Further, to double-check the Aβ1–42 fibril formation, Field Emission Scanning Electron Microscopy (FESEM) images of Aβ1–42 were taken at different incubation times. Radial growth of beta amyloid fibrils is observed in Fig. 8(a–c). Pompom like growth of beta amyloid fibrils has been already reported in the literature.45Fig. 8(a–c) show the FESEM images of Aβ1–42 mixed with Au nano-urchins for incubation times of 5 minutes (lag phase), 40 minutes (growth phase) and 90 minutes (steady phase), respectively. It is clear from Fig. 8(a) that Aβ1–42 fibrils are in the lag phase. A few small fibrils of length around 400 nm are observed in the lag phase which indicates the beginning of monomer aggregation. Au nano-urchins are observed as a white layer in the background. Nucleation of monomers to fully grown fibrils appears to occur at various regions in Fig. 8(b) indicating the growth phase. From Fig. 8(c) it is inferred that the fibrils are elongated and almost the whole area is covered with fibrils of length 2 μm to 3 μm indicating the steady phase of Aβ1–42 fibrillation. Au nano-urchins are found to be bound at various points on the inner as well as outer surfaces of fibrils which are indicated using red circles in Fig. 8(c). FESEM images confirm the results obtained from Au urchin based LSPR study.

image file: d0na00164c-f8.tif
Fig. 8 FESEM images of Aβ1–42 mixed with Au nano-urchins for incubation times of 5 minutes (lag phase) (a), 40 minutes (growth phase) (b) and 90 minutes (steady phase) (c); red circles indicate Au nano-urchins attached to Aβ1–42 fibrils.

A major advantage of using Au nano-urchins in beta amyloid fibrillation sensing lies in the peripheral diagnosis of Alzheimer's disease (AD). According to the previous literature, tissue level changes of AD are detectable years before their clinical expression.46 These changes in beta amyloid proteins reflect in the body fluids as these proteins are excreted to different body fluids. There are reports on non-invasive detection of beta amyloid from body fluids such as saliva and blood.47,48 Hence peripheral diagnosis of AD in an non-invasive way is highly significant in early stage detection of beta amyloid fibrillation. In the present work, LSPR sensing with Au nano-urchins mainly targets future peripheral diagnostic applications rather than in vivo applications. For the in vivo applications, further optimization of the aspect ratio is required to cross the blood brain barrier. Though the cytotoxicity of Au nanoparticles is not fully studied, they are observed to be biocompatible in comparison with other metal nanoparticles. Au nanostructures are also known to induce nanoparticle induced endothelial leakage which will be helpful for the transportation of nanomedicine.49 With further optimization of the aspect ratio of Au nano-urchins, these structures may be useful for in vivo applications.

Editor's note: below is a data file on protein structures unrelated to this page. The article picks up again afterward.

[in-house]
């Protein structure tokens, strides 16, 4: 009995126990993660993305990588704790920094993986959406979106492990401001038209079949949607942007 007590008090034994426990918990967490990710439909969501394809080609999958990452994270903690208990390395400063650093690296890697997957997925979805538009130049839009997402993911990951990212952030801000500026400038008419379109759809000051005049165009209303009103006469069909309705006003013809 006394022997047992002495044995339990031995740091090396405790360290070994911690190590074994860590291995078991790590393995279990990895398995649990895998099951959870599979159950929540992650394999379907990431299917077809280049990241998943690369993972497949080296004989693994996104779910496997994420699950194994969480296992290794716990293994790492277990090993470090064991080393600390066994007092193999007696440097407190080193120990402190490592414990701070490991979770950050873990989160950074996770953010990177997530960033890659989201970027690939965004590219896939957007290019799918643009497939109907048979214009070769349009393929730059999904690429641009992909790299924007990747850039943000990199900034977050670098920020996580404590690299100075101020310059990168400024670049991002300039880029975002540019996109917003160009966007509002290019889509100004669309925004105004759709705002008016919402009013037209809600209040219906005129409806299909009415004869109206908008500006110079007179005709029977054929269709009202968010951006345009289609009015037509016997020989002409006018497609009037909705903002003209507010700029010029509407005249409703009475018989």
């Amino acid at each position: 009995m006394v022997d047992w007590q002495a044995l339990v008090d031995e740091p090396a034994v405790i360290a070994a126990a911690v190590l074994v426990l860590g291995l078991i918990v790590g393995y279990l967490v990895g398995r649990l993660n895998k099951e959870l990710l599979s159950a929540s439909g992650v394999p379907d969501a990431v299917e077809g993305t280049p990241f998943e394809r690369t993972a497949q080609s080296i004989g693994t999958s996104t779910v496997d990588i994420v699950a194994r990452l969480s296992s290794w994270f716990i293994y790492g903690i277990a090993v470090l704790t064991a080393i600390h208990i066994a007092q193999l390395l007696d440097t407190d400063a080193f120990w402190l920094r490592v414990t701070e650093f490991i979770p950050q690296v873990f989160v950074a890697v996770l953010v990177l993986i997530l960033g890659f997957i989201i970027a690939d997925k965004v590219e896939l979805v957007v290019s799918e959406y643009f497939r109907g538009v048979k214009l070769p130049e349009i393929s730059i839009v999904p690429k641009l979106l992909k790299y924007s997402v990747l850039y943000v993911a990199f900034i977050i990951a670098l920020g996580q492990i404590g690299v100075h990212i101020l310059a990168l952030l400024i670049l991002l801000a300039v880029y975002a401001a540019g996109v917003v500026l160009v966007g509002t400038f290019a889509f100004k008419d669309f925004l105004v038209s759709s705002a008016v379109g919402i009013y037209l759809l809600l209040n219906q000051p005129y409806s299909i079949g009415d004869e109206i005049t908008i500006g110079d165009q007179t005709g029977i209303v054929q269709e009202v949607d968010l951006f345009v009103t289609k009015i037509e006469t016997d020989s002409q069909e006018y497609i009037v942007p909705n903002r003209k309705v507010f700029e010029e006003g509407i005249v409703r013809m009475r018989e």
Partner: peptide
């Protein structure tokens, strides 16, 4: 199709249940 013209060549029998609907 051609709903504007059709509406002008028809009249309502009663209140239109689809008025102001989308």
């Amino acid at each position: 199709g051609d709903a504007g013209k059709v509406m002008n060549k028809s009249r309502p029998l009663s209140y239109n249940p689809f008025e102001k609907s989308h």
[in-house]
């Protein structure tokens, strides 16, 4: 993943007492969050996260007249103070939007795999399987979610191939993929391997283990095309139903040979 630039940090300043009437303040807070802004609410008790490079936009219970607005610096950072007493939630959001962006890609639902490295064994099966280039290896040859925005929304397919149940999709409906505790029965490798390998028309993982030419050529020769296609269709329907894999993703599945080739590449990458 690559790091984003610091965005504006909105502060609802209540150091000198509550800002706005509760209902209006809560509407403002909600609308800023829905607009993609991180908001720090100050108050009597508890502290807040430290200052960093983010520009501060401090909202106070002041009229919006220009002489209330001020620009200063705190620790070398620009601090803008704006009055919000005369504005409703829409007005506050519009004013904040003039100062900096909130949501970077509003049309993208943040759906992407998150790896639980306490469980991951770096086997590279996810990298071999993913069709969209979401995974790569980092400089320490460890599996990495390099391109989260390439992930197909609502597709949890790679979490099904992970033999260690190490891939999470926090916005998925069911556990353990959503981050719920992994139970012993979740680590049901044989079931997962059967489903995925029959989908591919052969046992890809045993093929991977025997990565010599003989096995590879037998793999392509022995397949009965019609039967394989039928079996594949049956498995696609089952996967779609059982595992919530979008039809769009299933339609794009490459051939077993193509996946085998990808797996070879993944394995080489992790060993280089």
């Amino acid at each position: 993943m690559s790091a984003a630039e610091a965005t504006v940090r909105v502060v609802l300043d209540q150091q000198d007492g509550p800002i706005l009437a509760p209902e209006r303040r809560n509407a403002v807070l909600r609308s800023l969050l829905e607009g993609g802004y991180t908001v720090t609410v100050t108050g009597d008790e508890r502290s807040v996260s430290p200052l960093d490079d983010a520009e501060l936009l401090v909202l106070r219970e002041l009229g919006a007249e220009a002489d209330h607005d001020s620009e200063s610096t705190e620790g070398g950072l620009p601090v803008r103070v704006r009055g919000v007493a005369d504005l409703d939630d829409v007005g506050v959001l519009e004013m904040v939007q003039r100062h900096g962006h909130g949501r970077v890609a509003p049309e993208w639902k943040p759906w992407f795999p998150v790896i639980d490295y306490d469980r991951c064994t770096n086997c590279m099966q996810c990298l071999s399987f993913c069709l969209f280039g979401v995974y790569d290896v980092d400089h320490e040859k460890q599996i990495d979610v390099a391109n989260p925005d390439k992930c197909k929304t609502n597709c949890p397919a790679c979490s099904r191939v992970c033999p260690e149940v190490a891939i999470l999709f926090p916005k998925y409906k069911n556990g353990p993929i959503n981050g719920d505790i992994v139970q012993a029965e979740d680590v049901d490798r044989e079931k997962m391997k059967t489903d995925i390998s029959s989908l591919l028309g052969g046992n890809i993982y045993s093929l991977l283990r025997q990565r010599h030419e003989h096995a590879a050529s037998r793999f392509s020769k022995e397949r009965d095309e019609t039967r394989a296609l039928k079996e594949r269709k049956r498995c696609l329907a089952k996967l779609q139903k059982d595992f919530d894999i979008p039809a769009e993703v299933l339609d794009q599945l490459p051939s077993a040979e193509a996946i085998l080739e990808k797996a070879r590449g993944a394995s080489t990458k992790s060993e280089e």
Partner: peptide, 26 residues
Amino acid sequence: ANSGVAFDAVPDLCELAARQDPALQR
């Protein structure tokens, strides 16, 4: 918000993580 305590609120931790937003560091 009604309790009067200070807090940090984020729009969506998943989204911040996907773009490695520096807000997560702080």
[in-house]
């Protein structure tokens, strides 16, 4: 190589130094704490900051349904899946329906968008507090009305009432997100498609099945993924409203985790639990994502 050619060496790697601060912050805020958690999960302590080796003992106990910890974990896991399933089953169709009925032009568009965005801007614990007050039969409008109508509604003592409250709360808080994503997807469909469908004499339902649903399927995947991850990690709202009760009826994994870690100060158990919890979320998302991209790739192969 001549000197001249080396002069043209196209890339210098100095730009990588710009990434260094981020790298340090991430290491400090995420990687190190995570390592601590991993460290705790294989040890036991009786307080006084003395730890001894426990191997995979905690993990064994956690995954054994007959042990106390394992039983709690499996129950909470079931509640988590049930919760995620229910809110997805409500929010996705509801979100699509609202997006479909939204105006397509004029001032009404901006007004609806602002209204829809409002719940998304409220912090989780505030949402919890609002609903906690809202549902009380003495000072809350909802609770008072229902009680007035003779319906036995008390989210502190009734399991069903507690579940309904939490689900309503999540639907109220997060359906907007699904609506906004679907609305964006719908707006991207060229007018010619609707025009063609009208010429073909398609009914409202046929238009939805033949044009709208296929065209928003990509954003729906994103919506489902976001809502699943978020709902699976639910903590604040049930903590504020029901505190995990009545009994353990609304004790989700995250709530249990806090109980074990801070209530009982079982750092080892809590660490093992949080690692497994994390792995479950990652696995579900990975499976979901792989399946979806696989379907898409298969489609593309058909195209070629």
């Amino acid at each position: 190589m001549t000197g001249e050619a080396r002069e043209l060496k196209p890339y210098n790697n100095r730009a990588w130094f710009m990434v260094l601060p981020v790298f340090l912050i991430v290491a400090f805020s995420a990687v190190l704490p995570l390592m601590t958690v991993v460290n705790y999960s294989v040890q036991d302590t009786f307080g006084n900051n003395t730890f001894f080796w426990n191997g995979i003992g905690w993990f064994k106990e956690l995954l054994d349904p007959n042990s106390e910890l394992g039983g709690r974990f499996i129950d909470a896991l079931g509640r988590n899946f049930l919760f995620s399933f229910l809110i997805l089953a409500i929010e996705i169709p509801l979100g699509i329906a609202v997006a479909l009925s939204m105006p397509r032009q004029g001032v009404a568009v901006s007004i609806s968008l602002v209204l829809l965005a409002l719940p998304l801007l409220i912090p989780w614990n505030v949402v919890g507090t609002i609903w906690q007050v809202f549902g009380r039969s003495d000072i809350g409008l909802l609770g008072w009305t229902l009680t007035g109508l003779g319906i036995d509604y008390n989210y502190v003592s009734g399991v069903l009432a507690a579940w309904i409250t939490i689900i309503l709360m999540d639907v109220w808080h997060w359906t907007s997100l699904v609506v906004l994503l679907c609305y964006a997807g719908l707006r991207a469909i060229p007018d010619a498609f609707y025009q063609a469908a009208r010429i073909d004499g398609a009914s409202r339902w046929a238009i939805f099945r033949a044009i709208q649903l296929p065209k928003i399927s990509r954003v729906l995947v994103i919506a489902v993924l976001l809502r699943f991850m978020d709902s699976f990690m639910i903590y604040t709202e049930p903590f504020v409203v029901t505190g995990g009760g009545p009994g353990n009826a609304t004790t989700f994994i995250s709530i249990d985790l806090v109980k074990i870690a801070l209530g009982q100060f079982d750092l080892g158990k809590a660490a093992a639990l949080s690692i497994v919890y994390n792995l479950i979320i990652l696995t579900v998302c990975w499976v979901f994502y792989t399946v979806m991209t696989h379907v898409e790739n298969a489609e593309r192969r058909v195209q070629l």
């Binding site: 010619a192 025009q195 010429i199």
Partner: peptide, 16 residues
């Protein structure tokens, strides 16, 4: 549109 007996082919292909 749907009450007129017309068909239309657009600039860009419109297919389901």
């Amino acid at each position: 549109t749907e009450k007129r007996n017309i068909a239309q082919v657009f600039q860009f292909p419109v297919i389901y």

One of the advantages of using Au nano-urchins for beta amyloid fibrillation sensing is the possibility of fibrillation sensing at low concentrations due to the enhanced localized plasmon resonance. Though this paper reports on the nano-molar concentration level sensing as a starting point, there is a scope for further improvement in the sensing concentration by changing the density and thickness of spikes over the surface of Au nano-urchins which will have a huge influence on the localized SPR field enhancement. Though optical dyes such as ThT and Congo red can give similar information on the fibrillation kinetics of beta amyloid, the concentration for accurate sensing is observed to be higher which can adversely affect the capability of optical dyes in early stage beta amyloid fibrillation sensing.50


In conclusion, we demonstrate LSPR based sensing of Aβ1–42 fibrillation using Au nano-urchins in this paper. The LSPR peak of Au nano-urchins is observed to be highly sensitive to structural changes of Aβ1–42 during the fibrillation process even at nano-molar concentration. The progress in the fibrillation process is sensed based on the reduction in LSPR peak intensity of Au nano-urchins. Enhanced localized electric field generation at the spiky structures over Au nano-urchins and high sensitivity of LSPR to ambient conditions enable them to act as an efficient biosensor. We envisage that this work can lead to the realization of highly sensitive, label free and real time sensing of beta amyloid enabling AD detection.

Conflicts of interest

There are no conflicts to declare.


The authors acknowledge NTU, COLE-EDB, and Ministry of Education, MoE Singapore (RG 192/17) for financial support.

Notes and references

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Electronic supplementary information (ESI) available. See DOI: 10.1039/d0na00164c